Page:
The covenant for quiet enjoyment may be general in terms, to the effect that the grantee shall quietly enjoy the premises, or it may be expressly restricted to their enjoyment free from interference by reason of the acts of the grantor and of those persons who claim through or under him, it being then referred to as a "qualified"' or "limited" covenant.62 So the covenant of warranty may extend to the acts and claims of all persons whomsoever (general warranty), or it may extend merely to the acts and claims of the grantor and those claiming under him (special warranty). The following remarks are based upon the assumption that, in the particular case, the covenant is general in form.
- Breach by act of covenantor. The question of the character of the act which, when committed bv the covenantor himself, will constitute a breach of the covenant for quiet enjoyment, is presumably to be determined with reference to the same considerations as control in the case of a similar covenant in a lease, which latter has frequently been the subject of decision.63 While it has been said that the lessor's act must, for this purpose, amount to an eviction,64 and
Grew v. Harmon, 164 Pa. St. 115, 30 Atl. 265, 268; Knapp v. Town of Marlboro, 34 Vt. 235.
61. Hayes v. Bickerstaff, Vaughan, 118; Noonan v. Lee, 2 Black (U. S.) 499; Chestnut v. Tyson, 105 Ala. 149, 53 Am. St. Rep. 101, 16 So. 723; Hoppes v. Cheek, 21 Ark. 585; Playter v. Cunningham, 21 Cal. 229; Barry V. Guild, 126 111. 439, 2 L. R. A. 334, 18 N. E. 759; Gardner v. Keteltas, 3 Hill (N. Y.) 330; Poley v. Lacert, 35 Oreg. 166, 58 Pac. 37. But a covenant against the acts of a certain person applies to his tortious, as well as his rightful, acts. Rawle, Covenants, Sec. 128; Foster v. Mapes, Cro. Eliz. 212.
62. As to the construction of such words of qualification, see 1 Tiffany, Landlord & Tenant, p. 523; Rawle, Covenants, ch. 6.
63. See 1 Tiffany, Landlord & Tenant, Sec. 79d.
64. Rawle, Covenants, Sec. 128; Sedgwick v. Hollenback, 7 Johns. (N. Y.) 376; Akerly v. Vilas, 23 Wis. 207, 99 Am. Dec. 165.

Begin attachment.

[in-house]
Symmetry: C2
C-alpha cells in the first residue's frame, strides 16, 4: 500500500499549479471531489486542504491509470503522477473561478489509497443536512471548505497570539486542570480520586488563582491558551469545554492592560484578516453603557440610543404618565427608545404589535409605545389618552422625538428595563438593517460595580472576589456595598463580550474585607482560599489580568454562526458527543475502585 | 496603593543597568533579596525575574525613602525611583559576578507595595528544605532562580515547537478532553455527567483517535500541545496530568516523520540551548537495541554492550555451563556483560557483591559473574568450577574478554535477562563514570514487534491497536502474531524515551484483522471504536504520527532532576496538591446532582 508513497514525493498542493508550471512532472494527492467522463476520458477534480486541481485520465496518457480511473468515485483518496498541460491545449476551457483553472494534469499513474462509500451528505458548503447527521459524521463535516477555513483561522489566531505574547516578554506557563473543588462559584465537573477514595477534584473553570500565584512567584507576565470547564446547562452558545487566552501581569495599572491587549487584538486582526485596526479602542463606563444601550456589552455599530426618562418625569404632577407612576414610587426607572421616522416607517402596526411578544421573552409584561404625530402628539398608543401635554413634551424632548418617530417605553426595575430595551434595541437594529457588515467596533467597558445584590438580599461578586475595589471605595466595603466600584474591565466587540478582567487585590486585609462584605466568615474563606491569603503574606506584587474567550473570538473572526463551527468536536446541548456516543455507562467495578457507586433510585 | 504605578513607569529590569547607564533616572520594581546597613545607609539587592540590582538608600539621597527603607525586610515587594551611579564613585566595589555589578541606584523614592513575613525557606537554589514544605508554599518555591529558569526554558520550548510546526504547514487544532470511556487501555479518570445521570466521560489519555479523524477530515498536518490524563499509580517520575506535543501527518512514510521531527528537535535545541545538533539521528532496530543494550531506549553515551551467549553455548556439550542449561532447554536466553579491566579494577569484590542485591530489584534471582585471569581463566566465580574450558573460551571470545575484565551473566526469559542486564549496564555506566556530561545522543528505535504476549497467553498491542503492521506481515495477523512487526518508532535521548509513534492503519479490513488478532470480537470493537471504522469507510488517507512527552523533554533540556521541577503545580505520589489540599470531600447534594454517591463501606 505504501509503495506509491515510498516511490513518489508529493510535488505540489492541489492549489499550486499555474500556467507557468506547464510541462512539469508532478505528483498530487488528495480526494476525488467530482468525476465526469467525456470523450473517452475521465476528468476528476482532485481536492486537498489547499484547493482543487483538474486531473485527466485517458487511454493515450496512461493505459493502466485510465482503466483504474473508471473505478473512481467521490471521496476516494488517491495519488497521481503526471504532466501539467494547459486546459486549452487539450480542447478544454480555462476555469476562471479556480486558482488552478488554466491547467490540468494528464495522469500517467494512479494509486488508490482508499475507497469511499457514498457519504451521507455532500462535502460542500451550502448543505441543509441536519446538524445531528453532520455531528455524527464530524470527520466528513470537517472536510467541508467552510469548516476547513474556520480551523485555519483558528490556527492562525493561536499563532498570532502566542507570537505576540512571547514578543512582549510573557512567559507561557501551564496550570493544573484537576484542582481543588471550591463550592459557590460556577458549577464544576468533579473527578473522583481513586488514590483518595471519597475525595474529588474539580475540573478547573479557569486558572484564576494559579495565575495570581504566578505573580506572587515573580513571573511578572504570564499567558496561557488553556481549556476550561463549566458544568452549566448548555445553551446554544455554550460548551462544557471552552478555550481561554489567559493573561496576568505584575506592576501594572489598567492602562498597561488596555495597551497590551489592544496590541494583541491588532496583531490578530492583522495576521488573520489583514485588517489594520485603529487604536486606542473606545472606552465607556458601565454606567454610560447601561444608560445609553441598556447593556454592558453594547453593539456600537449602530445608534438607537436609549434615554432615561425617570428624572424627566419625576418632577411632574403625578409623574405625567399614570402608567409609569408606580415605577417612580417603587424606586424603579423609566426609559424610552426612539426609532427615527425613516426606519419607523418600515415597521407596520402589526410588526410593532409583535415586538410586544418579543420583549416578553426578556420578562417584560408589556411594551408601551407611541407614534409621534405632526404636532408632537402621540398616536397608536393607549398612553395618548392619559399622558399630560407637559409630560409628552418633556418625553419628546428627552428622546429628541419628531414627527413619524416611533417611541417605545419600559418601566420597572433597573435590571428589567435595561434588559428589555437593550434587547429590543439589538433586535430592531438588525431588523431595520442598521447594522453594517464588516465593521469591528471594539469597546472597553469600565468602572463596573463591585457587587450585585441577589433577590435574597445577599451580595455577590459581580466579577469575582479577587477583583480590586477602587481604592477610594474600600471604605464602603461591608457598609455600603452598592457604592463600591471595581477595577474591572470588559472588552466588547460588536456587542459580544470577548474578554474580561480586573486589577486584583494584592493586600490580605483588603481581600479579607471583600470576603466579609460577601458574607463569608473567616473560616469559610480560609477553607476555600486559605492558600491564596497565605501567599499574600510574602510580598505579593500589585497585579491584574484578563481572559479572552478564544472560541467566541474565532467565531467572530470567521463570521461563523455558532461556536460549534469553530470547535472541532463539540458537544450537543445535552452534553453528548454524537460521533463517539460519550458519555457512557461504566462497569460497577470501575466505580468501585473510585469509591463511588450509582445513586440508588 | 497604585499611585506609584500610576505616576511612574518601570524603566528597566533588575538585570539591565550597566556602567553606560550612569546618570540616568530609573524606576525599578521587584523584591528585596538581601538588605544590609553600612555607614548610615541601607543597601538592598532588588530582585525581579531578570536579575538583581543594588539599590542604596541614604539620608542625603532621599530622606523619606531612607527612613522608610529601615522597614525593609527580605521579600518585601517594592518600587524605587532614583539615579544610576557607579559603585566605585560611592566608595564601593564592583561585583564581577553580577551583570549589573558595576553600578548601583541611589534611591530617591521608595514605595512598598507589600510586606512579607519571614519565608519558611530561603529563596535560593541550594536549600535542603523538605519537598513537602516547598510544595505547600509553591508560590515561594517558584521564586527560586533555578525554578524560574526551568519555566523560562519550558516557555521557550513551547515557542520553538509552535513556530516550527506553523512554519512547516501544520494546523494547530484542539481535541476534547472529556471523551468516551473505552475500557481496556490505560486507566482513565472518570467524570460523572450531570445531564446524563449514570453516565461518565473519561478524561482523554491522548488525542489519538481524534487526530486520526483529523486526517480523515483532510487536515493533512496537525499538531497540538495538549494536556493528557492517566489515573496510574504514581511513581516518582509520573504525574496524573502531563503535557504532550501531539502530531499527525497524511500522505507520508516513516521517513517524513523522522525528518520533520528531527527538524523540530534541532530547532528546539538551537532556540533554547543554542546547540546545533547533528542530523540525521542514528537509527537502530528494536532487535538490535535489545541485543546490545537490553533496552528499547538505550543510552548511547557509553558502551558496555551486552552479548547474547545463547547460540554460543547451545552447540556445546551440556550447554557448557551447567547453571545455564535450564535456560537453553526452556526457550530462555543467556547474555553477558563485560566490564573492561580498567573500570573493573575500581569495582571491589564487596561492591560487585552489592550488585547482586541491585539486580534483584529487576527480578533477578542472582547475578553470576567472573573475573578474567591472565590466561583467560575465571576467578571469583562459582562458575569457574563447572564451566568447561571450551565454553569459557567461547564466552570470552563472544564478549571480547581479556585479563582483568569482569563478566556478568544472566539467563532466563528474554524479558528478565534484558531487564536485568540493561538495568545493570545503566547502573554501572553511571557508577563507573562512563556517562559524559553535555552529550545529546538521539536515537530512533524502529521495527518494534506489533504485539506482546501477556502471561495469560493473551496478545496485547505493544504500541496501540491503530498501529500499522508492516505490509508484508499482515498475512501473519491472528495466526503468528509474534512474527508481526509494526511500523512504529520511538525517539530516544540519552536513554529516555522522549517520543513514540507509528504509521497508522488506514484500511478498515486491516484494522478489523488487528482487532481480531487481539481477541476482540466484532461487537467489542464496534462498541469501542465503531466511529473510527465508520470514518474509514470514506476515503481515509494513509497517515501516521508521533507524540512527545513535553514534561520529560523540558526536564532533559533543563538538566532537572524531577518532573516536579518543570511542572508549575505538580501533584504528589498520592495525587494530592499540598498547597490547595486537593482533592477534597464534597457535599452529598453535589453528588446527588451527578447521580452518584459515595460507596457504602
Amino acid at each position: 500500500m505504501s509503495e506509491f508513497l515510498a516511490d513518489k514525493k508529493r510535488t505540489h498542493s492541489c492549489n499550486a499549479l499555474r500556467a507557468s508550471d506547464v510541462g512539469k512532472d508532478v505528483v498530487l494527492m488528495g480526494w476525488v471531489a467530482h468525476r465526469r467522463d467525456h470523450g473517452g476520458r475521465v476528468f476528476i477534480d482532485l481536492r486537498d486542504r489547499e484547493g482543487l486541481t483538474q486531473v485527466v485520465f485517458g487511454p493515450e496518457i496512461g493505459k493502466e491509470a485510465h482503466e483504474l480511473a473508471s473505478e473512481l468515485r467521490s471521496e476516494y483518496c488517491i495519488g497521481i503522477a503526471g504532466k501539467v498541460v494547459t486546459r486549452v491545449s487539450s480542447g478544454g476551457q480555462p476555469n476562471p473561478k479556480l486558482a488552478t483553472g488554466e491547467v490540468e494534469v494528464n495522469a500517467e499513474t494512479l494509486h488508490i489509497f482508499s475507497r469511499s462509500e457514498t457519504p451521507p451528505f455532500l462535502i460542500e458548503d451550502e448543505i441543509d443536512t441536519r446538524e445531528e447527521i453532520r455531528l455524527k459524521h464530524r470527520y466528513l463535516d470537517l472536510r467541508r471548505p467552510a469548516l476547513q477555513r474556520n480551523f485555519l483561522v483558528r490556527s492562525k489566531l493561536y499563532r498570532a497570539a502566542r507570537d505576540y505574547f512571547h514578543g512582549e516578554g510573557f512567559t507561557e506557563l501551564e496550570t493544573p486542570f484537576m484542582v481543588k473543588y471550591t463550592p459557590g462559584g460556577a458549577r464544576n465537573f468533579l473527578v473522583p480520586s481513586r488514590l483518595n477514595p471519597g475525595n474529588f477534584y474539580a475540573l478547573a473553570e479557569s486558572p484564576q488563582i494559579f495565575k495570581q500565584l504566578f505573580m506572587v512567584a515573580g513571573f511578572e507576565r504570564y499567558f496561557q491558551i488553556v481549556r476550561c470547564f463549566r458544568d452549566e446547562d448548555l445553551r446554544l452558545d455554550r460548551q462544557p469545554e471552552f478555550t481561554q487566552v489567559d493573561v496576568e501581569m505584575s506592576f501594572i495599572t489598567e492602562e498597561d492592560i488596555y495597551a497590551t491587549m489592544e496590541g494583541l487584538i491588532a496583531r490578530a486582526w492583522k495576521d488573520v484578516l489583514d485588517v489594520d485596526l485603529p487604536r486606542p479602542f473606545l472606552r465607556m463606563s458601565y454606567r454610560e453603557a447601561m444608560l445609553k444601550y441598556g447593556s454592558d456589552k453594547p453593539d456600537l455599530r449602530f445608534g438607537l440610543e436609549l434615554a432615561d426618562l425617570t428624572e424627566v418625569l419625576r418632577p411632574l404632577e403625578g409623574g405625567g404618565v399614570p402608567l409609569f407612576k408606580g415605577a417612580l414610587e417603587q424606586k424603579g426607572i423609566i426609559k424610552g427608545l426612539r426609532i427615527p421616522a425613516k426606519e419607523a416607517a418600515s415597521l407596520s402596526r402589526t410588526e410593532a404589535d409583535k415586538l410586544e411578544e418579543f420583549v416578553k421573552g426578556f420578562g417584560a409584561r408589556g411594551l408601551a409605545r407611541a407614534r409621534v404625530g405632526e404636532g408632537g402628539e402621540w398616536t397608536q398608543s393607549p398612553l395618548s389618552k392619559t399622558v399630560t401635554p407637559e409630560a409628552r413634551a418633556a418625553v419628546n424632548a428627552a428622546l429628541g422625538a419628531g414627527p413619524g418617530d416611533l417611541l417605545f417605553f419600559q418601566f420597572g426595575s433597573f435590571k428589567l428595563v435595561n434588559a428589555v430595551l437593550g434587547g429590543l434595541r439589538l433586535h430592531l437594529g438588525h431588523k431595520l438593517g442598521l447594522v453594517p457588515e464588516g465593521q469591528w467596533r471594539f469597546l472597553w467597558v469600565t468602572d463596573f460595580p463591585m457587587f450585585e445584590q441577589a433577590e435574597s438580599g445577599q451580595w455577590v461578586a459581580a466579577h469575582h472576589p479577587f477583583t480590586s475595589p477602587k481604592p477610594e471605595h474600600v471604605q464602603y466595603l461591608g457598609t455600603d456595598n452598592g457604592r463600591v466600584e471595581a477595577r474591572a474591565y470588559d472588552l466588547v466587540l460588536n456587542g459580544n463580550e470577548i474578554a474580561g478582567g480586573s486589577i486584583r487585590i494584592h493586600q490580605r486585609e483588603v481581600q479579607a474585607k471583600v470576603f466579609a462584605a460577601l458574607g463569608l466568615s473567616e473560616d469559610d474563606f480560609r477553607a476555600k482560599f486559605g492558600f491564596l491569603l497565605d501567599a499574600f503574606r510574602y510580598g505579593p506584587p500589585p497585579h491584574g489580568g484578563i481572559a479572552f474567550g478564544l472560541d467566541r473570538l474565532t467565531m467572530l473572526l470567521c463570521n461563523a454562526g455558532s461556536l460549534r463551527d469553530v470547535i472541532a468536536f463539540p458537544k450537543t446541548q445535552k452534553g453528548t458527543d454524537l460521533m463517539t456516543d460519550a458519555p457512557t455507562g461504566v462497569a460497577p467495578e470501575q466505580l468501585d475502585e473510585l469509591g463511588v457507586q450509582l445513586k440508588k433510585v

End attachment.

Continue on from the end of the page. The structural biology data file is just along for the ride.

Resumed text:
It has occasionally been asserted or assumed that a grantor may be liable, on his covenant of warranty in a conveyance by him in fee simple, by reason of the fact that he makes a subsequent conveyance to another, who takes without notice and records his conveyance before the prior conveyance is recorded, with the result that nothing passes by such prior conveyance.67 This view is to be regarded as based, it would seem, on the theory that the entry by the grantee in the second conveyance is to be considered as in behalf of or by direction of the common grantor, who is thus in the position of one who, after conveying with warranty, himself evicts his covenantee.
- Breach by reason of paramount claim. In order that there be a breach of the covenant of warranty or of that for quiet enjoyment by reason of a paramount consummate.72 There are, however, some exceptions to the requirement of an eviction. Of these the most important is the case of a covenantee who is unable, upon receiving the conveyance, to obtain possession of the land, owing to the fact that another person, having a superior title thereto, is in possession, it being considered unnecessary, in such a case, that the covenantee should be compelled to take forcible possession in order that he himself may be ejected, or to bring a suit for the land, which would necessarily result adversely to him,73 and a like doctrine has been applied when the paramount owner, though not in possession at the time of the conveyance, took possession before the covenantee entered and in that way excluded the latter.74